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Departures (23)

Callsign Dep Arr Status ETA
ANZ5 KLAX NZAA Enroute 2003
BAW268 KLAX EGLL Arriving
JBU980 KLAX MRLB Arriving
UAL155 KLAX CYYZ Enroute 2147
DAL430 KLAX KATL Enroute 2124
MET581 KLAX KPDX Enroute 1600
ANZ1 KLAX NZAA Enroute 0702
DAL729 KLAX KLAS Enroute 1407
DAL777 KLAX KLAS Enroute 0547
SKW2833 KLAX KASE Enroute 0540
DAL386 KLAX KMSP Enroute 2155
ASA1391 KLAX KPDX Enroute 0532
DAL1516 KLAX KLAS Enroute 1339
GAE074 KLAX KABQ Enroute 0553
DAL2320 KLAX KBOS Enroute 1600
GTI8913 KLAX KPHX Enroute 0343
JBU1480 KLAX KSAN Enroute 1600
NE419 KAVX KSAN Enroute 1456
DAL252 KLAX KSFO Enroute 0735
AAL10A KLAX KJFK Enroute 1600
JBU1017 KLAX KLAS Enroute 1051
AAL310 KLAX RJAA Enroute 1600
ASA440 KLAX MMUN Enroute 1600

Arrivals (11)

Callsign Dep Arr Status ETA
ANZ235 EGLL KLAX Enroute 0628
NKS1123 KLAS KLAX Enroute 0006
UAL125 KDEN KLAX Enroute 0413
UAL325 KDEN KLAX Enroute 0542
DAL52 KDEN KLAX Enroute 0724
SPCCJ KDAL KLAX Enroute 0721
VHXJM KSAN KLAX Enroute 1043
JBU851 KIAD KLAX Departing
AAL492 KSFO KLAX Enroute 1527
SWR40 LSZH KLAX Departing
AAL501 KSAN KLAX Enroute 1600

Los Angeles (SoCal) 34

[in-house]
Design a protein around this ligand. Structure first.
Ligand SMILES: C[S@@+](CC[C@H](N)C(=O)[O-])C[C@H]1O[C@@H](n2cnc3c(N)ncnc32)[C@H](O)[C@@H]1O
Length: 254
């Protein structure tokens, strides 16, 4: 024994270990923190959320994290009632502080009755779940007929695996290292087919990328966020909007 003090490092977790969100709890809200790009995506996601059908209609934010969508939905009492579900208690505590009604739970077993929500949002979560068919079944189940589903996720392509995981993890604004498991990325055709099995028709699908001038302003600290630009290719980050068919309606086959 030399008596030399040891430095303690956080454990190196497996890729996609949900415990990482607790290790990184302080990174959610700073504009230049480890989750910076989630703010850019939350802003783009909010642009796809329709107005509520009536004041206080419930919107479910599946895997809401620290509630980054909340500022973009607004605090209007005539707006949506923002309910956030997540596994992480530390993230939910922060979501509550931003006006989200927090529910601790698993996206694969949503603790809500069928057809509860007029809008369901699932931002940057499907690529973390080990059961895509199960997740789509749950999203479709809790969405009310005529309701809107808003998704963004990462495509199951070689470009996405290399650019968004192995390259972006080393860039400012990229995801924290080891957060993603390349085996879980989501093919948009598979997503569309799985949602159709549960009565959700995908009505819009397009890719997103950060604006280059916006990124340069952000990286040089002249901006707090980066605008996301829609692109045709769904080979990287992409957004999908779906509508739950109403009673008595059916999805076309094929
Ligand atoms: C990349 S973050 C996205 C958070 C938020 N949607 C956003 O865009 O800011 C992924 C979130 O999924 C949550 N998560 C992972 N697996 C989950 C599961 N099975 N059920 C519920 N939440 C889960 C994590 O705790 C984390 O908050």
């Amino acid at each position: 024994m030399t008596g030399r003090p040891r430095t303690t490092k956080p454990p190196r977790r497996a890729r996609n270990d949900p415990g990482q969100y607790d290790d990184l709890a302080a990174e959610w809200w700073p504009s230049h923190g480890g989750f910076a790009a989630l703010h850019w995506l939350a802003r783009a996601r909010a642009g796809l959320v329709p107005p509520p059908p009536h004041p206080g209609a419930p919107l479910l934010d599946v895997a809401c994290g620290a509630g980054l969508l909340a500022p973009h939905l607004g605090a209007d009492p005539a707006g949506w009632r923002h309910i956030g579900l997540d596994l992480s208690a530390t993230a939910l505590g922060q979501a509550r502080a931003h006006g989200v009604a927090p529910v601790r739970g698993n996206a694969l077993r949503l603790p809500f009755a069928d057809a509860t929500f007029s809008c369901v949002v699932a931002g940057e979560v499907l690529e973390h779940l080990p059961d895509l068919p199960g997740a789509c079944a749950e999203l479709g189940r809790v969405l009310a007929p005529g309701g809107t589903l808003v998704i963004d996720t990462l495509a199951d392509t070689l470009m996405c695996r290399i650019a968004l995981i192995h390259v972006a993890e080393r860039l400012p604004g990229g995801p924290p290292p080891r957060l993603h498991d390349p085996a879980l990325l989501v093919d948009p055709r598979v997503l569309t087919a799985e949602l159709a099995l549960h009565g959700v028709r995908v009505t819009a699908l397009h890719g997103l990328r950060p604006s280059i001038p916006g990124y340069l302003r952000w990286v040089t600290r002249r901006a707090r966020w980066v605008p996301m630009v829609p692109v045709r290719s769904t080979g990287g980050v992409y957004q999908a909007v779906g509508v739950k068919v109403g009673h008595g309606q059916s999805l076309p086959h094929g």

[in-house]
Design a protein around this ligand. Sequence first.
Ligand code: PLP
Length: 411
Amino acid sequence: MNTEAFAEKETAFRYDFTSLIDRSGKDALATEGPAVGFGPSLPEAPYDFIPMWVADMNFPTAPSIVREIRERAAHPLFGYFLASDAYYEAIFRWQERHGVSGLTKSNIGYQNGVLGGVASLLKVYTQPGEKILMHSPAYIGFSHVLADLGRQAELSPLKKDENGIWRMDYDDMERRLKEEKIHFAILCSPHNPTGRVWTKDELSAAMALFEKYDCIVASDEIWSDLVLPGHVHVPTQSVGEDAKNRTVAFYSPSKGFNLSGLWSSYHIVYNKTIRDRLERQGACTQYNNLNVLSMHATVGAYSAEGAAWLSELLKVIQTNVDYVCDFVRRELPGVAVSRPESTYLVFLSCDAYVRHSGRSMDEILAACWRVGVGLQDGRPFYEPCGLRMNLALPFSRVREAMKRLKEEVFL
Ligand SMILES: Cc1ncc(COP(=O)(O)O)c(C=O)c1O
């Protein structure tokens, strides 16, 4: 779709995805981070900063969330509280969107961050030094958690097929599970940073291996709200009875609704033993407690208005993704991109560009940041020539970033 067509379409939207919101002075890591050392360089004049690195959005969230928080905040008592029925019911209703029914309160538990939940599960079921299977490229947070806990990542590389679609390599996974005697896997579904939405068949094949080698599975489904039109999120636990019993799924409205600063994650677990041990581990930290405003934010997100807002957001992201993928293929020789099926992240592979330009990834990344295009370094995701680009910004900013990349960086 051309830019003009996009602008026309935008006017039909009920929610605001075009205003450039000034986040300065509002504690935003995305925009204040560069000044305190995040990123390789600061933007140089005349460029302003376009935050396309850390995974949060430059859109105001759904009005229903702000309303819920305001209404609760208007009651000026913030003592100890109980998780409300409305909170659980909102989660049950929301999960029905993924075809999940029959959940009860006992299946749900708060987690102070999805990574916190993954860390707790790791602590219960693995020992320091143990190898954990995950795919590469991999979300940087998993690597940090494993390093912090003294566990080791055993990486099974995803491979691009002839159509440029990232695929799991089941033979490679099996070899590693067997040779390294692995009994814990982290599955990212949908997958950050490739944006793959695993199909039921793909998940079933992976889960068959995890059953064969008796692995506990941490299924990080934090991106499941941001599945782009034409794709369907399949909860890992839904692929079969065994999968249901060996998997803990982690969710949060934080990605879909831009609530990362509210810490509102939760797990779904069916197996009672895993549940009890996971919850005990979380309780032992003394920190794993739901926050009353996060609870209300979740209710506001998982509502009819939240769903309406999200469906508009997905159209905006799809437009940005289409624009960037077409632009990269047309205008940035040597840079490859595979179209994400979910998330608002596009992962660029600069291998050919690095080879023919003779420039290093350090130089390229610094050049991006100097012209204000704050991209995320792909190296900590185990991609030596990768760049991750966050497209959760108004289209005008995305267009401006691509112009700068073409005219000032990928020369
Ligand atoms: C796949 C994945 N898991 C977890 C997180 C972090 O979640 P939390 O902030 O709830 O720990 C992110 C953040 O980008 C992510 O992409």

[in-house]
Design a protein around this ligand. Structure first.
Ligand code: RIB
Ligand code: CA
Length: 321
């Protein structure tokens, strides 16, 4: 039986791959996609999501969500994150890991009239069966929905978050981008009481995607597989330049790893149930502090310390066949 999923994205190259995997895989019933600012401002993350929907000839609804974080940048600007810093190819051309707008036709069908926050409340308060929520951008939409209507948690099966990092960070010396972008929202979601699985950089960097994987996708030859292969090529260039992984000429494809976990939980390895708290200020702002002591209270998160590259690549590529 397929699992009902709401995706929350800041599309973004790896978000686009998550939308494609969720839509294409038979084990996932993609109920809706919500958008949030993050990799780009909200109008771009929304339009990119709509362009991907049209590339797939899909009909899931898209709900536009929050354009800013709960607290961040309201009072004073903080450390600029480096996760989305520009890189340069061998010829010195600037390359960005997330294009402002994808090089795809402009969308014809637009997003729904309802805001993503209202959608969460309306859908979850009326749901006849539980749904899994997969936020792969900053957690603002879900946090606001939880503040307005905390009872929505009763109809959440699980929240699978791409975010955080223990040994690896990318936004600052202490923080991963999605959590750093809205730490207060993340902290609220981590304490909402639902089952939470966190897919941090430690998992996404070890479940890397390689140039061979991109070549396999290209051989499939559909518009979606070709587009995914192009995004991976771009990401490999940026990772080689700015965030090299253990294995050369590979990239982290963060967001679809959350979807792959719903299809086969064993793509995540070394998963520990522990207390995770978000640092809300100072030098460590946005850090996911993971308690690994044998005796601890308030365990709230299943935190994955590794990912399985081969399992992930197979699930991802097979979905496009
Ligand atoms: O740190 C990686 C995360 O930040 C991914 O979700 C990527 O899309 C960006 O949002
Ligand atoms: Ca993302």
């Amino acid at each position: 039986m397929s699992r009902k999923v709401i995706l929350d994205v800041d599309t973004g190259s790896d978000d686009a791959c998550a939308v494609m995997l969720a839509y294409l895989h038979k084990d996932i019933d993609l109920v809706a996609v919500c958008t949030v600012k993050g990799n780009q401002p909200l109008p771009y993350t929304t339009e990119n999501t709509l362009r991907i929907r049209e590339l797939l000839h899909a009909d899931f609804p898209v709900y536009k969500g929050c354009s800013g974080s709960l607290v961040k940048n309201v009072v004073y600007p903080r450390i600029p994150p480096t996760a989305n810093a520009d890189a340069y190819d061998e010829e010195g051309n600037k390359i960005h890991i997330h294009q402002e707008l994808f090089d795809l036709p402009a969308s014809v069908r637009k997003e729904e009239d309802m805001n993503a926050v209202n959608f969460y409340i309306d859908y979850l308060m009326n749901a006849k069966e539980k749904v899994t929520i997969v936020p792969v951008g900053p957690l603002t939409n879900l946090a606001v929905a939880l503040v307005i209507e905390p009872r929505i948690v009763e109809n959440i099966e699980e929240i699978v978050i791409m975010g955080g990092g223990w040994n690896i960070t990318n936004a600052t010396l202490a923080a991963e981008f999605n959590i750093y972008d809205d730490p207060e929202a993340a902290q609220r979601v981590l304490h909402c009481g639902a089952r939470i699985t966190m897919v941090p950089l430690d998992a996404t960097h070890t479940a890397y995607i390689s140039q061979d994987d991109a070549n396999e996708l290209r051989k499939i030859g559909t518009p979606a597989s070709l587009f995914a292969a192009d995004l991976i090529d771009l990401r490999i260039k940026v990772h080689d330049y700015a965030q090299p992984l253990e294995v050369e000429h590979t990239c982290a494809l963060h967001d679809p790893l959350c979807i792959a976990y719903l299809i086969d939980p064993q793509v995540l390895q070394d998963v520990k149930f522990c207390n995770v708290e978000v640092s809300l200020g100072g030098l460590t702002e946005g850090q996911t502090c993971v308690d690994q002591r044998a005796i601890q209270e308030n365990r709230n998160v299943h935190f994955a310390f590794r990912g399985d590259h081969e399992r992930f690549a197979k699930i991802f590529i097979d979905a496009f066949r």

Departures (1)

Callsign Dep Arr Status ETA
UPS100 KONT PANC Enroute 1411

Empire (SoCal) 1

Departures (5)

Callsign Dep Arr Status ETA
LN219 KCRQ KSAN Enroute 1417
VHXJM KSAN KLAX Enroute 1043
N12529 KSAN KPSP Enroute 1600
AAL501 KSAN KLAX Enroute 1600
SWA3194 KSAN KLAS Enroute 1600

Arrivals (5)

Callsign Dep Arr Status ETA
JBU529 KFLL KSAN Enroute 0426
NKS1261 KLAS KSAN Enroute 1600
LN219 KCRQ KSAN Enroute 1417
JBU1480 KLAX KSAN Enroute 1600
NE419 KAVX KSAN Enroute 1456

San Diego (SoCal) 10

Arrivals (2)

Callsign Dep Arr Status ETA
SWA2136 KDEN KSNA Enroute 0750
N5525V KSBA KSNA Enroute 0304

Coast (SoCal) 2

Arrivals (1)

Callsign Dep Arr Status ETA
N12529 KSAN KPSP Enroute 1600

Palm Springs (SoCal) 1

Departures (5)

Callsign Dep Arr Status ETA
NKS1261 KLAS KSAN Enroute 1600
FFT2131 KLAS KGEG Enroute 0749
NKS1123 KLAS KLAX Enroute 0006
SWA4810 KLAS KDEN Enroute 0602
AAL502 KLAS KDEN Enroute 0656

Arrivals (7)

Callsign Dep Arr Status ETA
DAL729 KLAX KLAS Enroute 1407
DAL777 KLAX KLAS Enroute 0547
DAL1516 KLAX KLAS Enroute 1339
UAL2075 KEWR KLAS Enroute 0542
JBU1017 KLAX KLAS Enroute 1051
NKS401 KSEA KLAS Enroute 1600
SWA3194 KSAN KLAS Enroute 1600

Las Vegas 12

Departures (1)

Callsign Dep Arr Status ETA
N5525V KSBA KSNA Enroute 0304

Santa Barbara 1
  • Flights To/From ZLA: 61
  • Flights in ZLA Airspace: 29
  • Controller Schedule

    July 28th, 2021

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    The Art of the Timely Handoff

    As a controller, one of the easiest things you can do to improve your life and that of your fellow controllers is to work on timely handoffs. Nearly every controller will find him or herself guilty of holding onto an aircraft too long. The result can range from delays at the runway to airspace busts or go-arounds, but it is almost always bad for everyone involved.